We all have the one conference or annual meeting that we really look forward to and enjoy attending. I was at one of those recently. Yes, there are insurance related conferences that are cool and fun to attend. I met an insurance advisor while there. While trading stories, they were telling me about a recommendation made to an employer group that they purchase a plan from a plan from a particular health insurance carrier. It was a sizable client with about 500 employees. The CFO was appreciative of their time and wanted to proceed without having an “agent of record” for the group.
In insurance agent circles, the “agent of record” is the most important designation you can have, as it assigns all commissions built into the premium to that agent. Typically these commissions are a flat, per-head dollar amounts or a percentage of premium. This particular carrier pays a percentage of premium at a rate of 5%. On a 500 person group, we are looking at commissions in excess of $150,000 annually.
Of course, the agent appealed to the CFO. It is customary and, in this case, probably justified, that he be kept on as agent of record. But the question lingered with me: is it necessary to have a health insurance agent?
This question of the necessity of an “agent” is not specific to health insurance (hello travel agent). But, given the sensitivity of the subject of health insurance and the sheer dollar amounts surrounding it, having a health insurance agent or not warrants close observation. Take this 500 person company, what would a health insurance agent actually do after the case is implemented?
An employer group of this size likely has a staff of HR personnel who are well-versed and educated on the nuances and details what a deductible, copay, and coinsurance is. The insurance carrier has service reps charged with keeping the client happy and the plan functioning as expected. There is probably a HRIS system in place, integrated with the carrier’s enrollment management system to maintain correct enrollment and eligibility. So, given all this, beyond the initial recommendation and consultation, what exactly is there for an agent to do to justify compensation at this level?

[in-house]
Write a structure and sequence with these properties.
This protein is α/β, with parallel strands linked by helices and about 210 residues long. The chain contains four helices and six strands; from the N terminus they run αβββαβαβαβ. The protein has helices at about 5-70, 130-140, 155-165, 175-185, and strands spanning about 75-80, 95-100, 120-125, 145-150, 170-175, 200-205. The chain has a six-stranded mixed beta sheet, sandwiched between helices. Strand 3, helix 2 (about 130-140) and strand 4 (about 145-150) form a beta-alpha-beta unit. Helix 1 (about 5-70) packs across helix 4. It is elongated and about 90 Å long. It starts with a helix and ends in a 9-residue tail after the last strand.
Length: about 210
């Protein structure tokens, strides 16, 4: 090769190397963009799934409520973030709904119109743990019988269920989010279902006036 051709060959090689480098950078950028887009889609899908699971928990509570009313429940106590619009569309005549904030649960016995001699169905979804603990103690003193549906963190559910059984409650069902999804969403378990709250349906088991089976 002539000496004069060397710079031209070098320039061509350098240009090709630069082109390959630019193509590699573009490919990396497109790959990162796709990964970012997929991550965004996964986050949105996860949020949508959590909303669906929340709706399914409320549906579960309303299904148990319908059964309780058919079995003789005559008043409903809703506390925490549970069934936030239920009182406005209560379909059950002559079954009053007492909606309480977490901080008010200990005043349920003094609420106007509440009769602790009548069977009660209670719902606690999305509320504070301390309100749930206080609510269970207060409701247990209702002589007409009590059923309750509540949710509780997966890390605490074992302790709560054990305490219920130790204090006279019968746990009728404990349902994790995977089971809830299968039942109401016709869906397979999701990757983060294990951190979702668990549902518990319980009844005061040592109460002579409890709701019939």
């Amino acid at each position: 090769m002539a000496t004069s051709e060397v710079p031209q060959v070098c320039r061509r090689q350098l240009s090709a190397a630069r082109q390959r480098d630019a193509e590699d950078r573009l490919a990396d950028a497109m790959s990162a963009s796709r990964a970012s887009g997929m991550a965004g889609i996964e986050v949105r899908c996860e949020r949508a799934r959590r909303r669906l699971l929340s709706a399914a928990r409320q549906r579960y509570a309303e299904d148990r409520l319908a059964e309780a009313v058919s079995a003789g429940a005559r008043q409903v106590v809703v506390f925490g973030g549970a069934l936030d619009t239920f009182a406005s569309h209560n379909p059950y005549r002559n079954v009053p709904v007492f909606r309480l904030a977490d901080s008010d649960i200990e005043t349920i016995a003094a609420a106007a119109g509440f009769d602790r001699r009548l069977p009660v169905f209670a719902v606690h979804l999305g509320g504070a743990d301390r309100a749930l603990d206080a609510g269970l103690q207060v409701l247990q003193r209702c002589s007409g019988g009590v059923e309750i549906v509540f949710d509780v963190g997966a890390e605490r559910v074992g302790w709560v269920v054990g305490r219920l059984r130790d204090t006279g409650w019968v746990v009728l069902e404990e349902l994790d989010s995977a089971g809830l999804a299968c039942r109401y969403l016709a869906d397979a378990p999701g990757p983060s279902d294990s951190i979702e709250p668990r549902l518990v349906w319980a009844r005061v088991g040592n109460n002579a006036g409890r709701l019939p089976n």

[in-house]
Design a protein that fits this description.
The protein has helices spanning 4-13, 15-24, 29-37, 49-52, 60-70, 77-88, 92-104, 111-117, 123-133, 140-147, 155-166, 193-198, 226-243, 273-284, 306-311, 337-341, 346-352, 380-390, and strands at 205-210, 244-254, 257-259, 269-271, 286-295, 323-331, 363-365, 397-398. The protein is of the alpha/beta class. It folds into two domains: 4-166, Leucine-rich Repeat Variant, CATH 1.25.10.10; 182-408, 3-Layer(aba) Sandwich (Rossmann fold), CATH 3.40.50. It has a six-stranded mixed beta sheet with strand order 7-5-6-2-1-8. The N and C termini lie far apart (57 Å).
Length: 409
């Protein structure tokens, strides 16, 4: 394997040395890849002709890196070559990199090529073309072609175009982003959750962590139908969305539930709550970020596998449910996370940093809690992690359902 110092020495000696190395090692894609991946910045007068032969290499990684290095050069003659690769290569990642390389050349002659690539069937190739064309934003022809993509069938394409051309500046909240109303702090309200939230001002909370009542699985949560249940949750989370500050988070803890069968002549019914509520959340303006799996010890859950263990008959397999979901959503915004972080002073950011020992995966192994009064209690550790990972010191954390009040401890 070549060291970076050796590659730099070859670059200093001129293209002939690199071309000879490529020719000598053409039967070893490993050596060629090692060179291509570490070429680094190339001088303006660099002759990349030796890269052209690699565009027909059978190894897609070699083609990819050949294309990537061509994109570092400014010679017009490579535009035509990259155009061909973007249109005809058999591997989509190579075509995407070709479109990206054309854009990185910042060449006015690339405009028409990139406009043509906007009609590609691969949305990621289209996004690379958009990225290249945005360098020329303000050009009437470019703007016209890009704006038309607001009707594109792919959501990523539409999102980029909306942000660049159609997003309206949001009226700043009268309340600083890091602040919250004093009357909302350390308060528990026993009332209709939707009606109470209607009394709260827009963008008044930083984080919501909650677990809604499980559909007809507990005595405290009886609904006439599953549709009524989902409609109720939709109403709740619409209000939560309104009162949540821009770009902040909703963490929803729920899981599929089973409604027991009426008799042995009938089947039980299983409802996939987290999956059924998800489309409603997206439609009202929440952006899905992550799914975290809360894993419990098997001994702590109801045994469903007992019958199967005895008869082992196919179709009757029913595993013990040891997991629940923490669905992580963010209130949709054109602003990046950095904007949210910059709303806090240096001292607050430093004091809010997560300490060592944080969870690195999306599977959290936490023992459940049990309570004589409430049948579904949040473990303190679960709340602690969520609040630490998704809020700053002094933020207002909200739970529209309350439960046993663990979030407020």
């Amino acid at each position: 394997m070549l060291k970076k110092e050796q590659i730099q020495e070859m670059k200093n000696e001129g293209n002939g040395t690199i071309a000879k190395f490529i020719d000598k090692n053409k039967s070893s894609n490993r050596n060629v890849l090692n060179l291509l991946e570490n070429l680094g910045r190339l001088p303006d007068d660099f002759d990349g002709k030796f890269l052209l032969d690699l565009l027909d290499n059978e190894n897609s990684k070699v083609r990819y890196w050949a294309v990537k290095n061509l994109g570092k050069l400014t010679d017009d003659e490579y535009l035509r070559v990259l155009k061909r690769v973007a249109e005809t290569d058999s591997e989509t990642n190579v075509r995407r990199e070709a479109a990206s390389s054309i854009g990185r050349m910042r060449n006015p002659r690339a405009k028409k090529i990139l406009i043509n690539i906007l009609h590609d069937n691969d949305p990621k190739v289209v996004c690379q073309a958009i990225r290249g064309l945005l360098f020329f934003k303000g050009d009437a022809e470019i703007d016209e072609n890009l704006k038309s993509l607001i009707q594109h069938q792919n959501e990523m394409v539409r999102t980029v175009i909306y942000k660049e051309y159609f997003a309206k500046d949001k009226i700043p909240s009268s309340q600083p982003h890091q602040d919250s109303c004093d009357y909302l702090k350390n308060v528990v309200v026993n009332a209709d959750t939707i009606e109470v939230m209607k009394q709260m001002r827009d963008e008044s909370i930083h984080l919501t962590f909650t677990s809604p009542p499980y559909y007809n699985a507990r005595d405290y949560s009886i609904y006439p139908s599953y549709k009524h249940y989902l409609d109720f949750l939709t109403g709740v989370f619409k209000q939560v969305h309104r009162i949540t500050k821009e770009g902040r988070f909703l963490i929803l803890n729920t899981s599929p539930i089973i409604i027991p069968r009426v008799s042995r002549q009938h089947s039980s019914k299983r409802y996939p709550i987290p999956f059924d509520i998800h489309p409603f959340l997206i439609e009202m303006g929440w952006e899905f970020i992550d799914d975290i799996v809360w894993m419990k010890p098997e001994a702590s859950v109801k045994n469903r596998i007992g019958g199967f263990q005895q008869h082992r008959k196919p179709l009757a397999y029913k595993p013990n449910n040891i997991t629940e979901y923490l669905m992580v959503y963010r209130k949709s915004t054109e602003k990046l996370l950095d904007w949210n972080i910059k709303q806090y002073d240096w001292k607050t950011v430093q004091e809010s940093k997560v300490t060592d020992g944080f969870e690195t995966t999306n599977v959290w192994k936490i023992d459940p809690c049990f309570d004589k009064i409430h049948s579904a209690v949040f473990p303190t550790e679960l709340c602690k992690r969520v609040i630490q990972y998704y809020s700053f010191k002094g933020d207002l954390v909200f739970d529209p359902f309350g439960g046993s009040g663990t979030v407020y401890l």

One could argue that the agent is more relevant on the smaller groups who might not have an HR staff or resources for an HRIS system.
So, my answer to the question of whether companies need an insurance agent or not, is an emphatic NO!
What do they need instead?
Group health insurance does not exist in a vacuum. There are regulatory, communication, administration, and company culture-based factors that determine what is the right program to implement at a particular employer group. NO health plan designed and offered by a health insurance carrier that is sold by a health insurance agent meets all the needs of a particular company.
So what do companies need in place of a health insurance agent? An combination of a CPA, HR executive, medical billing advocate, care coordinator, micro-economist, paralegal, and general business consultant and, oh yeah, health insurance agent. Let’s call this person a Strategic Benefits Advisor.
A Strategic Benefits Advisor is comfortable in the board room and on the factory floor. They can speak with hospital CFOs, CEOs, HR executives and CPAs but also relate to the single mom trying to get insulin refill for her diabetic child. They are found at insurance conferences discussing the latest in payment arrangements and industry trends, but also at trade shows and discussion groups keeping up with what matters to businesses, along with employment trends, tax law, and legislation that impacts industry in general.
They belong to a cohort of like minded professionals from across the country, sharing ideas virtually and in person. They are not too proud to admit they don’t have all the answers, but are confident in their ability to tap their network to obtain them.
Most of all they are focused on their communities, their clients, and how they can be useful on the subject of employee management and cost control, not just how much product they can sell for their own and their agency’s gain.
Employers should be asking questions of their insurance advisor and determine if they are working with an agent or an advisor, knowing the exact difference in each and what it means to their business.
A health insurance agent is transactional and is not worth $150,000 per year, but a Strategic Benefits Advisor who can help make a long term impact transformational impact across a variety of areas in your overall business is.